Choosing Drug and Alcohol Treatment Centers: Types of Rehabilitation Facilities and How They Differ

Too often families and the addicts and alcoholics themselves are so desperate for help that they check into any available facility without understanding the differences in philosophy and approach. For some, the lack of investigation costs them the ability to relate well to staff and fellow patients, two very important factors in early recovery.

Methods and Modalities

Alcohol and drug addiction treatment has evolved over time to become more professional and policy-driven–but is this always a good thing? Remember that dealing with alcoholics and addicts–people who generally hate being told what to do and are most likely to rebel against authority figures–requires more than compassion and a desire to help. It requires understanding.

Social Model

Social Model recovery homes are based on 12-step philosophy. They are peer-oriented, which means help comes from one alcoholic/addict talking to another, reliance on a higher power of the individual’s understanding (not a specific religion), and personal willingness to face issues and participate.

Staff are known as advocates. They guide, facilitate, and maintain a supportive home-like environment. Residents are responsible for their own recovery. Advocates show by example how a program of recovery works in day-to-day life, because they are in recovery themselves. The successes of other alcoholic/addicts offer hope, and exposure to suffering newcomers and the loss of peers due to relapse demonstrate the seriousness of the disease.

Social model recovery homes offer educational and practical services, including orientation, group discussions, and recovery planning. The program of recovery is available in 12-step meetings held on-site. Faith and self-control are emphasized and the advocate-client relationship evolves. Recovering persons served are known as residents and peers, who support each other. Residents are responsible for their own behavior, and families are encouraged to participate.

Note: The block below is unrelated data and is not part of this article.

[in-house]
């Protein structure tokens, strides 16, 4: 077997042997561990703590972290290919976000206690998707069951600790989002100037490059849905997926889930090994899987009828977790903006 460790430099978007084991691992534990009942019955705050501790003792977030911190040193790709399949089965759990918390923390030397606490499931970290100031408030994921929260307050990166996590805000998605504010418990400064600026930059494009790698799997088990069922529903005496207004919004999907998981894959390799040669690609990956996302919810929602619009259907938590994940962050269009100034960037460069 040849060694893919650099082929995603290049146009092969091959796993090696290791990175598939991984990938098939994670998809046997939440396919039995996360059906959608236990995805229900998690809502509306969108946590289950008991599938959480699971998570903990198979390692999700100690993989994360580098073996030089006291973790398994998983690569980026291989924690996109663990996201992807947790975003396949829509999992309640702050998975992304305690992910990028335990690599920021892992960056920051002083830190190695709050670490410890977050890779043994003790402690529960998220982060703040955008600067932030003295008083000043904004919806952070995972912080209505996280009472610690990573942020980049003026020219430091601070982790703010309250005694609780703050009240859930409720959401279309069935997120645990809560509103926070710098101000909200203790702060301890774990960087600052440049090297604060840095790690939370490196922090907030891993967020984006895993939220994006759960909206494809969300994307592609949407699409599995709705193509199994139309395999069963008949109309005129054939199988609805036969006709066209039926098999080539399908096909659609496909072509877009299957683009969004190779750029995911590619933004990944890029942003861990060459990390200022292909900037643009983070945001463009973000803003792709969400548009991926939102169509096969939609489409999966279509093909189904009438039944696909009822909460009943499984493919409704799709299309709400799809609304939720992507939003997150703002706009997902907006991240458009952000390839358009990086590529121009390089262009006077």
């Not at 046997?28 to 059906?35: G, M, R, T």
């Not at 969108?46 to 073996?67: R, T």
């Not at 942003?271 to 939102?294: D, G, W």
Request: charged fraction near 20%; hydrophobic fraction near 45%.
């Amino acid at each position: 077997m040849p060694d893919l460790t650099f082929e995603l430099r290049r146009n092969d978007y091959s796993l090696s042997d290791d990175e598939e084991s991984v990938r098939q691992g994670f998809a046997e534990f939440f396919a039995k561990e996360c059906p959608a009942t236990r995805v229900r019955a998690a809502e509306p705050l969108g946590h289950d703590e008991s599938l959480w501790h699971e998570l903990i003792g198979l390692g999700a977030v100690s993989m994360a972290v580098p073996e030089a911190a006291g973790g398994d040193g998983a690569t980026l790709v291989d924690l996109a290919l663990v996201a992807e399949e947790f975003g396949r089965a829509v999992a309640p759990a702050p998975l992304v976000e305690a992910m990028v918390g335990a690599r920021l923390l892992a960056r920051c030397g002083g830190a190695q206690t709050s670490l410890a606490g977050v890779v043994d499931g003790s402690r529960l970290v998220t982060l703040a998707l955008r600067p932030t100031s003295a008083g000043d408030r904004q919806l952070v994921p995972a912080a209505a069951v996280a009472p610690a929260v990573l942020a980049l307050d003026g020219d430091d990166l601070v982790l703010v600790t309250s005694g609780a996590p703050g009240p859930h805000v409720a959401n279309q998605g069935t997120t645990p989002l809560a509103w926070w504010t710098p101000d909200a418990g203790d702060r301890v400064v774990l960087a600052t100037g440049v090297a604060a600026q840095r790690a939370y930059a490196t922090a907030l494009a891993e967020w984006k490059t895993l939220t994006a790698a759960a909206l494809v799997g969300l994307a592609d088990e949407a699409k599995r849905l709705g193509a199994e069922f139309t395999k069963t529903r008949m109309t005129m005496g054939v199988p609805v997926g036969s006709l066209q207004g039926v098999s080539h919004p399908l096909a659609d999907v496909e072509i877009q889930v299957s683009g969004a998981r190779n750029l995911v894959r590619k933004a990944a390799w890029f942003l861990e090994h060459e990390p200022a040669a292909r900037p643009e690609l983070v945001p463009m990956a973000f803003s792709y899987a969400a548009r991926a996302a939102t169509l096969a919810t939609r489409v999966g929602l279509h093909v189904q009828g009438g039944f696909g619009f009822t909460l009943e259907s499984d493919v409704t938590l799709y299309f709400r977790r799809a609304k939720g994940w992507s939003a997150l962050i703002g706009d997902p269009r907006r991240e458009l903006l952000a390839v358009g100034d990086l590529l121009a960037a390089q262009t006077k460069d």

Social model treatment may be less expensive, however as a general rule they do not accept insurance reimbursement. Only life-saving prescription medications are allowed. Referral to sober living facilities and continuing participation in 12-step fellowship and alumni associations, provide aftercare.

Social model facilities may be certified and regulated by the county and state in which they operate and may receive funds to assist people who cannot afford to pay. Most are run by non-profit organizations.

Clinical Model

Medical and mental health professionals staff clinical model facilities, they are known as counselors and therapists. The recovering persons served are known as patients. Staff assumes authority for patient care in a formal environment. Directive services include diagnosis, treatment planning, individual and group therapy. The emphasis of treatment is on etiology and insight; the therapist-patient relationship does not evolve. Staff accepts disruptive behavior and the role of the patients as ill. The family is ignored. Insurance reimbursement is sought, and prescription medications are frequently allowed.

Hybrid Models

Because of county and state regulations, most social model facilities have incorporated the certification of staff members. Many have also bowed to pressure to allow prescription medications for those clients that have underlying mental illnesses in addition to substance abuse problems. Treatment plans complement recovery planning, and optional visits to a professional therapist may be incorporated into treatment.

Because of better outcomes demonstrated by social model treatment, clinical model facilities increasingly are adopting and adapting some attributes of social model recovery. Participation of family and attendance at 12-step meetings may be encouraged.

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